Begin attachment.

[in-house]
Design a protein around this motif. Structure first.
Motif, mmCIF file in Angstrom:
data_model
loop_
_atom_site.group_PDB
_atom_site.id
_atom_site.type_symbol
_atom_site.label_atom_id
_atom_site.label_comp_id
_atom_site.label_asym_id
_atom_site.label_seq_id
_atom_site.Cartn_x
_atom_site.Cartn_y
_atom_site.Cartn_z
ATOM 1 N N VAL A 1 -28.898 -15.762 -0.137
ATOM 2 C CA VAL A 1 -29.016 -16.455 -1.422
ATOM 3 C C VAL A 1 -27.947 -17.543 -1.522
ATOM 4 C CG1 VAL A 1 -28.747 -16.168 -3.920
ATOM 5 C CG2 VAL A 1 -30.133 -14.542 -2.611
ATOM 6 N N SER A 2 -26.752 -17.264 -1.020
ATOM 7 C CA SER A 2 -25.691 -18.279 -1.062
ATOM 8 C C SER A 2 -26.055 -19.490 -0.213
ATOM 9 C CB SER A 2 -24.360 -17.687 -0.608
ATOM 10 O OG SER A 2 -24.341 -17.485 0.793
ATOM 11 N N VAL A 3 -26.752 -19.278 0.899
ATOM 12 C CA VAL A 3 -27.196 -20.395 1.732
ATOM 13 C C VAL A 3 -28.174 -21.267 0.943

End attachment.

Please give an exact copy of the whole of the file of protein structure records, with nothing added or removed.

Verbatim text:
[in-house]
Design a protein around this motif. Structure first.
Motif, mmCIF file in Angstrom:
data_model
loop_
_atom_site.group_PDB
_atom_site.id
_atom_site.type_symbol
_atom_site.label_atom_id
_atom_site.label_comp_id
_atom_site.label_asym_id
_atom_site.label_seq_id
_atom_site.Cartn_x
_atom_site.Cartn_y
_atom_site.Cartn_z
ATOM 1 N N VAL A 1 -28.898 -15.762 -0.137
ATOM 2 C CA VAL A 1 -29.016 -16.455 -1.422
ATOM 3 C C VAL A 1 -27.947 -17.543 -1.522
ATOM 4 C CG1 VAL A 1 -28.747 -16.168 -3.920
ATOM 5 C CG2 VAL A 1 -30.133 -14.542 -2.611
ATOM 6 N N SER A 2 -26.752 -17.264 -1.020
ATOM 7 C CA SER A 2 -25.691 -18.279 -1.062
ATOM 8 C C SER A 2 -26.055 -19.490 -0.213
ATOM 9 C CB SER A 2 -24.360 -17.687 -0.608
ATOM 10 O OG SER A 2 -24.341 -17.485 0.793
ATOM 11 N N VAL A 3 -26.752 -19.278 0.899
ATOM 12 C CA VAL A 3 -27.196 -20.395 1.732
ATOM 13 C C VAL A 3 -28.174 -21.267 0.943